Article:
Rarely does a sequel work, it’s always bigger, but not necessarily better, and after the unexpected success that was the Jump Street reboot; 21 Jump Street; the best movie based on an ‘80s TV-show starring Johnny Depp released in 2012, expectations were raised impossibly high, but have the Jump Street crew reached those dizzying heights again? Is 22 Jump Street everything we hoped it would be? You God damn right.
Jonah Hill and Channing Tatum return as undercover police officers Schmidt and Jenko, in the funniest film of the year; 22 Jump Street; but instead of taking their ageing asses back to high school, these two sons-a-bitches are going to college; once more trying to infiltrate the dealers, and find the suppliers, of a brand new street drug; essentially sticking to exactly the same plot as the first movie.
But they can’t be criticised for doing so, especially seen as how Jump Street is the most brilliantly self-aware comedy you’re ever likely to see; effortlessly, and consistently, making jokes about the fact the plot is exactly the same (the Captain himself stresses that they need to do “exactly the same thing as last time to keep everyone happy”), how the studio has thrown so much more money behind the sequel since they “got lucky” last time, and that they’ve got “double the budget this time”; meaning that not only are they forgiven for retreading old ground, but gain so much more goodwill in the process, and even make everyone watching feel clever for deciphering these numerous in-jokes.
In-jokes also come via a rather large number of cultural references; including nods to not only the other works of the main stars, music references, and something as simple (but surprisingly funny) as listing the stereotypical items a college freshman would keep in his dorm-room; and parody elements, which include the lads riffing-off a number of buddy-cop tropes (there’s plenty of Bad Boys inferences, some Lethal Weapon gags, and a few others thrown in for good measure), riffing-off the original Jump Street movie, and even having their own 5-second Benny Hill moment.
But it’s not just cultural clap-trap, clever in-jokes, and 4th-wall-smashing brilliance, there’s also a truckload of original humour in there, some obviously improvised lines, and, above all, some spectacular chemistry between the two leads; Tatum and Hill are hilarious, clearly get on well with one another, and blow the bromance-level sky-high with numerous relationship-based jokes, a hilarious therapy session, and a number of excellently handled emotional moments which, alongside the exceptional comedy, make for a fantastically fun film.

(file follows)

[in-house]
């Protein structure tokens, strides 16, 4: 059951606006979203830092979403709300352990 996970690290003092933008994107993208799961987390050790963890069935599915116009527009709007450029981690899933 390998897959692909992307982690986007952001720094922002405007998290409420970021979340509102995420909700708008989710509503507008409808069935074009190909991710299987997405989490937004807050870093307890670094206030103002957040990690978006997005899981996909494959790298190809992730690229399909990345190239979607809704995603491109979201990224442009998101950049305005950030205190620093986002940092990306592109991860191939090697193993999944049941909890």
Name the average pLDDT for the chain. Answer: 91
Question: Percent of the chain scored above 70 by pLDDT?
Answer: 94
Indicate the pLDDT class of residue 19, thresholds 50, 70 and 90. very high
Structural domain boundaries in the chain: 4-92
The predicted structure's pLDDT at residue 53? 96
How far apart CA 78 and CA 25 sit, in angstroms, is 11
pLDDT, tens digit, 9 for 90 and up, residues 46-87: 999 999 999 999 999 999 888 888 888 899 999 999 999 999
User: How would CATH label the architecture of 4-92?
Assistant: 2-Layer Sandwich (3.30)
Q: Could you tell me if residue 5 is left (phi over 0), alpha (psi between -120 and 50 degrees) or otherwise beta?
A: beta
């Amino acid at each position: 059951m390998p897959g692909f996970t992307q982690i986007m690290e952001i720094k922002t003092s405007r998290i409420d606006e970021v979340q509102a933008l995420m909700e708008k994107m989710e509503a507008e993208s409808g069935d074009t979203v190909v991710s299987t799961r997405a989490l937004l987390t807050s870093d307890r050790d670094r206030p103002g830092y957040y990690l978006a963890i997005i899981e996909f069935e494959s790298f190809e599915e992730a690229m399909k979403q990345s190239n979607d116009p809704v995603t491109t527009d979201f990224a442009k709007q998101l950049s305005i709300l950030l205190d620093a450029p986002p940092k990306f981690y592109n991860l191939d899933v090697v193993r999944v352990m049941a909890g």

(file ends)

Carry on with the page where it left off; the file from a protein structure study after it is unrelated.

Ice Cube excellently slips back into his role as the angry black Captain Dickson (and in a welcome move, is given much more screen-time this time out), and while newcomers Peter Stormare (the Russian astronaut from Armageddon), Wyatt Russell (Cowboys & Aliens), and Jillian Bell (Bridesmaids), aren’t exactly household names (despite the fact most people will recognise Stormare’s face) they all perform their fairly minor roles well enough. As does the little known Amber Stevens, a talented young actress who provides a love interest for Schmidt, the catalyst for a few wonderfully played out jokes, and deserves to be seen on screen much more.
In the end though, there’s not too much to say about the new Jump Street movie, other than the fact it’s funny as hell, and guaranteed to keep you laughing for the entirety of its two-hour runtime; a brilliant bro-mantic-comedy, it’s an hilarious, laugh-a-minute, movie, with two fantastic leads, a tried and tested formula, and a bucketload of fun. A clever, witty, brilliantly self-aware comedy, 22 Jump Street is everything we wanted it to be, and more… it’s like 21 Jump Street, but one better.